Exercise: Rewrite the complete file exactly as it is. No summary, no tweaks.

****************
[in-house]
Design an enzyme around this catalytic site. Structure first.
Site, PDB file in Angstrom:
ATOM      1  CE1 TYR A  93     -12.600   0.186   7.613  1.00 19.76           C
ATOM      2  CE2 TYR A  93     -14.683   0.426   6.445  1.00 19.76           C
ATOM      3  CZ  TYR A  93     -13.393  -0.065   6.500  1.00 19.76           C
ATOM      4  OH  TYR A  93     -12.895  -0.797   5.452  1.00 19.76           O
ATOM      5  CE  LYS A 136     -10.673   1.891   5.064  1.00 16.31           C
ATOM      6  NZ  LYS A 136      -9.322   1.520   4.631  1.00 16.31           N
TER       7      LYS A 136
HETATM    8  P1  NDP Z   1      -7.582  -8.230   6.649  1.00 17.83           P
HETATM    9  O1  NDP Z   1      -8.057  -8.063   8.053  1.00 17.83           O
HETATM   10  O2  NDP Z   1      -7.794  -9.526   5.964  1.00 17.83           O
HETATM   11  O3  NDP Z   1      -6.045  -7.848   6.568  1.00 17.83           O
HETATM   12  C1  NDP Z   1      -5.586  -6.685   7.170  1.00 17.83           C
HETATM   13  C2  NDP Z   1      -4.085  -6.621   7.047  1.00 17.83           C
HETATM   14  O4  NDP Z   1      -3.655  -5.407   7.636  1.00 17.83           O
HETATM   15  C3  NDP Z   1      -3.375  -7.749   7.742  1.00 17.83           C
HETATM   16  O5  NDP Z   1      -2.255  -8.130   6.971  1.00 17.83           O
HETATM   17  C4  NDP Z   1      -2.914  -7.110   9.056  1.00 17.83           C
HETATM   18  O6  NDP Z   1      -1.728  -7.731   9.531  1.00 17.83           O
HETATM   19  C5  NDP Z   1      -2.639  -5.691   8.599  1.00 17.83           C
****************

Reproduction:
[in-house]
Design an enzyme around this catalytic site. Structure first.
Site, PDB file in Angstrom:
ATOM      1  CE1 TYR A  93     -12.600   0.186   7.613  1.00 19.76           C
ATOM      2  CE2 TYR A  93     -14.683   0.426   6.445  1.00 19.76           C
ATOM      3  CZ  TYR A  93     -13.393  -0.065   6.500  1.00 19.76           C
ATOM      4  OH  TYR A  93     -12.895  -0.797   5.452  1.00 19.76           O
ATOM      5  CE  LYS A 136     -10.673   1.891   5.064  1.00 16.31           C
ATOM      6  NZ  LYS A 136      -9.322   1.520   4.631  1.00 16.31           N
TER       7      LYS A 136
HETATM    8  P1  NDP Z   1      -7.582  -8.230   6.649  1.00 17.83           P
HETATM    9  O1  NDP Z   1      -8.057  -8.063   8.053  1.00 17.83           O
HETATM   10  O2  NDP Z   1      -7.794  -9.526   5.964  1.00 17.83           O
HETATM   11  O3  NDP Z   1      -6.045  -7.848   6.568  1.00 17.83           O
HETATM   12  C1  NDP Z   1      -5.586  -6.685   7.170  1.00 17.83           C
HETATM   13  C2  NDP Z   1      -4.085  -6.621   7.047  1.00 17.83           C
HETATM   14  O4  NDP Z   1      -3.655  -5.407   7.636  1.00 17.83           O
HETATM   15  C3  NDP Z   1      -3.375  -7.749   7.742  1.00 17.83           C
HETATM   16  O5  NDP Z   1      -2.255  -8.130   6.971  1.00 17.83           O
HETATM   17  C4  NDP Z   1      -2.914  -7.110   9.056  1.00 17.83           C
HETATM   18  O6  NDP Z   1      -1.728  -7.731   9.531  1.00 17.83           O
HETATM   19  C5  NDP Z   1      -2.639  -5.691   8.599  1.00 17.83           C